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|Thursday, May 10, 2001, updated at 22:56(GMT+8)|
Chinese Joint-Stock Banks Challenged by WTO Entry: ExpertExperts said Thursday that China's joint-stock banks should adapt to China's accession into the World Trade Organization (WTO) by quickening their globalization pace.
Lu Yucheng, chairman of Huaxia Bank, said at the World New Economy Forum of the Fourth Beijing High-tech Week, that China's WTO entry will expose the country's small and medium-sized joint- stock banks to threats from both large domestic commercial banks and foreign banking giants.
He said fundamental changes will take place in China's overall economic structure as well as corporate frameworks in the coming five years.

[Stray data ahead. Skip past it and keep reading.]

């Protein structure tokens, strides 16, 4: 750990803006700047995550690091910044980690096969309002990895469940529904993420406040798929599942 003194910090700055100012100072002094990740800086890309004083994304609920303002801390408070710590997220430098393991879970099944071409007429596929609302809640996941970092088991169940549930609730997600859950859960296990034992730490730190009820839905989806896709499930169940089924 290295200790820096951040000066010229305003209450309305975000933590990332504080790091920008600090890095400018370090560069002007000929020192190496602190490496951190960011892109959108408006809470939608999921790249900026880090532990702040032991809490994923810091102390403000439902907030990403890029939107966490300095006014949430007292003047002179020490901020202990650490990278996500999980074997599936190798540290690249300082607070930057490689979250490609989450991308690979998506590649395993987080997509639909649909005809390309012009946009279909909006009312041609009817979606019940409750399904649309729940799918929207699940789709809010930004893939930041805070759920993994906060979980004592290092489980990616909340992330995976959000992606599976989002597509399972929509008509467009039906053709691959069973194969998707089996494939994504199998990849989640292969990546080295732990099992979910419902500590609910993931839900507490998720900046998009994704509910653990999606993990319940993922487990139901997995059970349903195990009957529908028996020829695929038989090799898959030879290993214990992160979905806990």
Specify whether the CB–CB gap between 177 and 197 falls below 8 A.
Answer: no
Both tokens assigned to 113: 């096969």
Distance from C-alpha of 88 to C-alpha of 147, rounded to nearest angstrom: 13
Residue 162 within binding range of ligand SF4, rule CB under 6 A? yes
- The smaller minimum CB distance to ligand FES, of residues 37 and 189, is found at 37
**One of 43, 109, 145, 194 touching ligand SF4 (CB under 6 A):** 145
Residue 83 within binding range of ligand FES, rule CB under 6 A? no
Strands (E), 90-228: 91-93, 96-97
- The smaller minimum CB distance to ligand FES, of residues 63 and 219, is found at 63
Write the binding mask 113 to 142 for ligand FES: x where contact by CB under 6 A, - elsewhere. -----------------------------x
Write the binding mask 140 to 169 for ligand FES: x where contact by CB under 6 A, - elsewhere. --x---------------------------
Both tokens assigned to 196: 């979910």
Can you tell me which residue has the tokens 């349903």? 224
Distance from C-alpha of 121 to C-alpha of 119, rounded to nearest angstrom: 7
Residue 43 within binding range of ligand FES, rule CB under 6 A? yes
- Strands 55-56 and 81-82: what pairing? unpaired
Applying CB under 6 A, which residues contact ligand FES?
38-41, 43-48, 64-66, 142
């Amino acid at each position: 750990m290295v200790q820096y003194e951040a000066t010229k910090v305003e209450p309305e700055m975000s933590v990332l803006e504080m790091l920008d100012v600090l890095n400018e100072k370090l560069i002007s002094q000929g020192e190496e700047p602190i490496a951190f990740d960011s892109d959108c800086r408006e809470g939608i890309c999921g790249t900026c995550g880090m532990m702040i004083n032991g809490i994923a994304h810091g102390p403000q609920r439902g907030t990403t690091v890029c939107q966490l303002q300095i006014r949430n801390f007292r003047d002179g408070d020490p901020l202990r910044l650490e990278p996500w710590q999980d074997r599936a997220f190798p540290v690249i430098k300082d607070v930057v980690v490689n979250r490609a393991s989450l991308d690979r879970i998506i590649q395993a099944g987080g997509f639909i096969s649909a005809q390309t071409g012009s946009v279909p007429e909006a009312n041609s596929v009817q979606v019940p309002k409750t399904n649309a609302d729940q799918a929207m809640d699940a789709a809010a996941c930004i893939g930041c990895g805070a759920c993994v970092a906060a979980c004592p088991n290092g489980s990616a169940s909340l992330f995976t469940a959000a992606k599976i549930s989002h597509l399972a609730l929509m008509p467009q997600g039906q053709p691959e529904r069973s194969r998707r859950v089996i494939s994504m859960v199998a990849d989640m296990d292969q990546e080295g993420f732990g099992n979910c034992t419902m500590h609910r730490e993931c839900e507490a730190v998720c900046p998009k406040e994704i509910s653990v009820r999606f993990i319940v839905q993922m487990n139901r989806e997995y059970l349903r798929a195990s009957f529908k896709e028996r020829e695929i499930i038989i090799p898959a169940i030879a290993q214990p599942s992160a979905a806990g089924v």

China's four state-owned commercial banks will sharpen their competitive edge through corporate restructuring and bring more pressure to joint-stock banks such as Huaxia.
Meanwhile, the incoming foreign banks are superior to China's joint-stock banks in terms of capital, technology and service lines and will push the latter to an even more unfavorable position in market competition.
Lu remarked that the only solution for banks such as Huaxia lies in upgrading the institution according to international norms and standards for commercial banks.
He said joint-stock banks have to continuously increase their asset value as well as delve into other financial services so as to realize their development goals.
Li Yining, China's leading economist, once said that the reform of China's banking industry demands measures such as enlarging the investor pool and seeking public listings to optimize the structure of assets.
Sources said China Securities Regulatory Commission (CSRC) had allowed Huaxia Bank to go public as the fourth bank in China to float on the domestic stock markets.
Huaxia, which was founded in 1992 and has a total assets of some 11.5 billion U.S. dollars by the end of 2000, plans to seek initial public offerings (IPOs) on the Hong Kong and New York stock exchanges in three to four years.
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